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Monthly Archives: October 2022

Annual Performance of FAANG Stocks

Source : Wall Street Journal

Charts: Most Countries Seeing Inflation Above 5%

Charts: U.S. 3m-10Y Treasury Yield Spread Has Gone Negative

The preferred recession signal of the Federal Reserve Bank of New York

Source : Bloomberg and Fed

In Pictures: Food of Le Bernardin in New York City, U.S.

Fine Dining French Cuisine with Global Influences

No.44 of the World’s 50 Best Restaurants

Infographic: All the Metals Mined in 2021

See large image . . . . . .

Source : Visual Capitalist

China’s Auto Exports Jump in First Three Quarters

In the first nine months, China shipped 2.26 million vehicles, up 51.6 per cent from a year earlier and surpassing the 2021 total, according to the General Administration of Customs.

Exports of new-energy vehicles grew 93 per cent to 656,000 units during the first nine months, data showed.

The top five exporters were SAIC Motor, Chery Automobile, Chang’an Automobile, Dongfeng Motor and Tesla, data from China Association of Automobile Manufacturers showed.

China’s auto exports topped 2 million units for the first time in 2021 with sales of 2.12 million, nearly double from the previous year.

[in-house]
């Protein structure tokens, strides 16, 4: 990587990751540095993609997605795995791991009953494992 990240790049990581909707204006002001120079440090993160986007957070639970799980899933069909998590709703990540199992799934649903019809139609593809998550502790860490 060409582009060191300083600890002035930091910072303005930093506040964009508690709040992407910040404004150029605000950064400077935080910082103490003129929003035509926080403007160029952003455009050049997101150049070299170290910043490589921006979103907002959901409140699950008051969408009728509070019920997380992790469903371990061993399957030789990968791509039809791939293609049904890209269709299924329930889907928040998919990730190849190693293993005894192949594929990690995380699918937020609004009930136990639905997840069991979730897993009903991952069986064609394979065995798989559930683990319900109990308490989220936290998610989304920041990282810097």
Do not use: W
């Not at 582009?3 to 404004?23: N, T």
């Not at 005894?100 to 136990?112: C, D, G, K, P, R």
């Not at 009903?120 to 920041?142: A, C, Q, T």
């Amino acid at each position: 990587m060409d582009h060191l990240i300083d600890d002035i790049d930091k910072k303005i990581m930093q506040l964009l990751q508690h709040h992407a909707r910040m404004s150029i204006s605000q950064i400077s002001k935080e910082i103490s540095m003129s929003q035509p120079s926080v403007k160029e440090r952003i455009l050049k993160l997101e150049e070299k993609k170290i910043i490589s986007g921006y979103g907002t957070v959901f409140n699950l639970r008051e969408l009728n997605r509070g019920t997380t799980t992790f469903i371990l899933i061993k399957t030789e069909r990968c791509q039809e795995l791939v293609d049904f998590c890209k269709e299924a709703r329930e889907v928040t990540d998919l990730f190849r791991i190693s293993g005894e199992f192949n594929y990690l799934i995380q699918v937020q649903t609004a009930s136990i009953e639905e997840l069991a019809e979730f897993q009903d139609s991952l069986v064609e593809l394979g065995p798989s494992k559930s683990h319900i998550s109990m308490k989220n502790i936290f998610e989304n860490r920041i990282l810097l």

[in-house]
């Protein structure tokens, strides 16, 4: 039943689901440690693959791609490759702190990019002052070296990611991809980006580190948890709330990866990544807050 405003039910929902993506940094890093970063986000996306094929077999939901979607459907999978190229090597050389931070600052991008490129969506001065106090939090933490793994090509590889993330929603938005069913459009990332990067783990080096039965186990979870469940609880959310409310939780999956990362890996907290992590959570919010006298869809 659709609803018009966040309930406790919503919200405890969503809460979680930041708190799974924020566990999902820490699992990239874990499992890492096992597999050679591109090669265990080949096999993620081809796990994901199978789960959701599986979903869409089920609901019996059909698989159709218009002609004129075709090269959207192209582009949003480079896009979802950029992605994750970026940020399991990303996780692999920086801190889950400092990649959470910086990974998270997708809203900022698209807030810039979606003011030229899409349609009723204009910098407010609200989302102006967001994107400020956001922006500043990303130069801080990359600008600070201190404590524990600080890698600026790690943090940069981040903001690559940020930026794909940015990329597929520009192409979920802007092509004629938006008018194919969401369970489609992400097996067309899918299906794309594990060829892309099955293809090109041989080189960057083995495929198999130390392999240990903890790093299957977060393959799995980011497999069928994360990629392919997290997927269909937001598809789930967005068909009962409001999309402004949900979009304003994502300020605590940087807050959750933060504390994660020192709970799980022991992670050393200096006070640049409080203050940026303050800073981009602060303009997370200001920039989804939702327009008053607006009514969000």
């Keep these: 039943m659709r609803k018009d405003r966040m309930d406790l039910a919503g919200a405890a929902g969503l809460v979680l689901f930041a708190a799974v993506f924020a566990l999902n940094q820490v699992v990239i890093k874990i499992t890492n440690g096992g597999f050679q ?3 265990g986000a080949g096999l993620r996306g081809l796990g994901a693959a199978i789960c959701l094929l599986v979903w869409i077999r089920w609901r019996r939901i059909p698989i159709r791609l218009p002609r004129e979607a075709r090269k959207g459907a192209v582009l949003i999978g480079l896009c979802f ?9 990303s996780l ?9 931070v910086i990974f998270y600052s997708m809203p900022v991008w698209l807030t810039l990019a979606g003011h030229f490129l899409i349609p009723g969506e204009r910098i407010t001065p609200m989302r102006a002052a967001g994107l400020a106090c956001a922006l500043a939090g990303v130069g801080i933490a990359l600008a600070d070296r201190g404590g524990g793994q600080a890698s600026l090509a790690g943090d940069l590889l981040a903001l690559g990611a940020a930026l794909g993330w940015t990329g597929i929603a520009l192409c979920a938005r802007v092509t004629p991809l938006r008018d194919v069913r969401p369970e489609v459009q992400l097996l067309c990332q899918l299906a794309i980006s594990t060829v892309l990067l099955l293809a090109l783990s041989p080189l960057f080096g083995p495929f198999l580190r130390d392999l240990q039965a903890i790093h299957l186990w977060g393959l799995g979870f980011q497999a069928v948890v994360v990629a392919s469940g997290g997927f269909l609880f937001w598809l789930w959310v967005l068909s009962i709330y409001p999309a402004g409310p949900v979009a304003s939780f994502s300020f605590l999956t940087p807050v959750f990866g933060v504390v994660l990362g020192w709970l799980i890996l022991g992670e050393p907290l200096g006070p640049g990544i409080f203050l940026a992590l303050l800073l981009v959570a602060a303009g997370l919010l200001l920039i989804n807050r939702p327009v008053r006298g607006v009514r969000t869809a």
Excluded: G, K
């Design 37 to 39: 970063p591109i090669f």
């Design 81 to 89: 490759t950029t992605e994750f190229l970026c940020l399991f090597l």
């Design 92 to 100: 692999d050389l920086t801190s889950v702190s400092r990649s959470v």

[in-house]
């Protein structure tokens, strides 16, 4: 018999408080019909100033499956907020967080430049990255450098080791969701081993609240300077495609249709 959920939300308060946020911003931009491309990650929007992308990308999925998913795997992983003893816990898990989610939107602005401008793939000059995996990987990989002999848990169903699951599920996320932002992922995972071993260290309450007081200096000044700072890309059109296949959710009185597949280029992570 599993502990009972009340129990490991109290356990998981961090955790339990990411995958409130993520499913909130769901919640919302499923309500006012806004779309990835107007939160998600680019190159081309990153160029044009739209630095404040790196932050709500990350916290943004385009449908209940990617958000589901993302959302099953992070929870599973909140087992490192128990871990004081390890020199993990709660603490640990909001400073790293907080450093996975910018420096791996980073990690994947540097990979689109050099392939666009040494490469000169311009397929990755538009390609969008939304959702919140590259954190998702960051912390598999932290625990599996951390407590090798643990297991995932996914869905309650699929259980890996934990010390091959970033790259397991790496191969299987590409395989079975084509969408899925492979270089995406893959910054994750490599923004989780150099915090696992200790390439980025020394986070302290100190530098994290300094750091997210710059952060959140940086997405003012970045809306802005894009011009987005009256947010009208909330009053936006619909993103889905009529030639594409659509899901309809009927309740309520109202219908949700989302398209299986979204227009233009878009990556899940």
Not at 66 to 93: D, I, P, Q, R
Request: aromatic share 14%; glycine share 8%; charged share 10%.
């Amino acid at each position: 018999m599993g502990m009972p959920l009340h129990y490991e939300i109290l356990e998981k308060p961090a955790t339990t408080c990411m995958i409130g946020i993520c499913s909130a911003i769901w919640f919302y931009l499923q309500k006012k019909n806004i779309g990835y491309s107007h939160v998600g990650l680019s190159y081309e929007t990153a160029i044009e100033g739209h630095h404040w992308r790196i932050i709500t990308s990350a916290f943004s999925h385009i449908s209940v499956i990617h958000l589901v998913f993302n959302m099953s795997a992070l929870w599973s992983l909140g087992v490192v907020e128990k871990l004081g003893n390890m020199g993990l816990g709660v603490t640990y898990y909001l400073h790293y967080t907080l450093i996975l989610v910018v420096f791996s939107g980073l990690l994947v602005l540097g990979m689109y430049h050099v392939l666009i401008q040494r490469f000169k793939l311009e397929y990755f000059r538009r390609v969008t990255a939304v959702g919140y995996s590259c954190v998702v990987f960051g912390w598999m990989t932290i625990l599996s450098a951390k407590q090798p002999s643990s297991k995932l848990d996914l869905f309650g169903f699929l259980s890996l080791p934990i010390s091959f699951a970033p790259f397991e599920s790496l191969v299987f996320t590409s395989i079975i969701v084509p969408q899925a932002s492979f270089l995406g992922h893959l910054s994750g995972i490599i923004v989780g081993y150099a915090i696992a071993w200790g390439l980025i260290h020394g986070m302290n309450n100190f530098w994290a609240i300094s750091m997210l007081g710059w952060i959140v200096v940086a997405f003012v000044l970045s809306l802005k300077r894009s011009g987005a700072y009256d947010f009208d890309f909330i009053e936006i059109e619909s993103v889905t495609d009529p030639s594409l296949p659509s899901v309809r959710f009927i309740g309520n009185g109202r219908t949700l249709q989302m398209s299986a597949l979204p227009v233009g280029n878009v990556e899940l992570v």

The surge growth of Chinese exports, led by demand from the European market, partly reflected inadequate supplies in the overseas market affected by a semiconductor shortage, an energy crisis and geopolitical tensions, analysts said.

Source : Business Times

WJP Rule of Law Index 2022 Countries Ranking

WJP Rule of Law Index Factors

The WJP Rule of Law Index® calculates scores and rankings for eight factors and 44 subfactors.


Factor 1 of the WJP Rule of Law Index measures the extent to which those who govern are bound by law. It comprises the means, both constitutional and institutional, by which the powers of the government and its officials and agents are limited and held accountable under the law. It also includes non-governmental checks on the government’s power, such as a free and independent press.


Factor 2 of the WJP Rule of Law Index measures the absence of corruption in government. The factor considers three forms of corruption: bribery, improper influence by public or private interests, and misappropriation of public funds or other resources. These three forms of corruption are examined with respect to government officers in the executive branch, the judiciary, the military, police, and the legislature.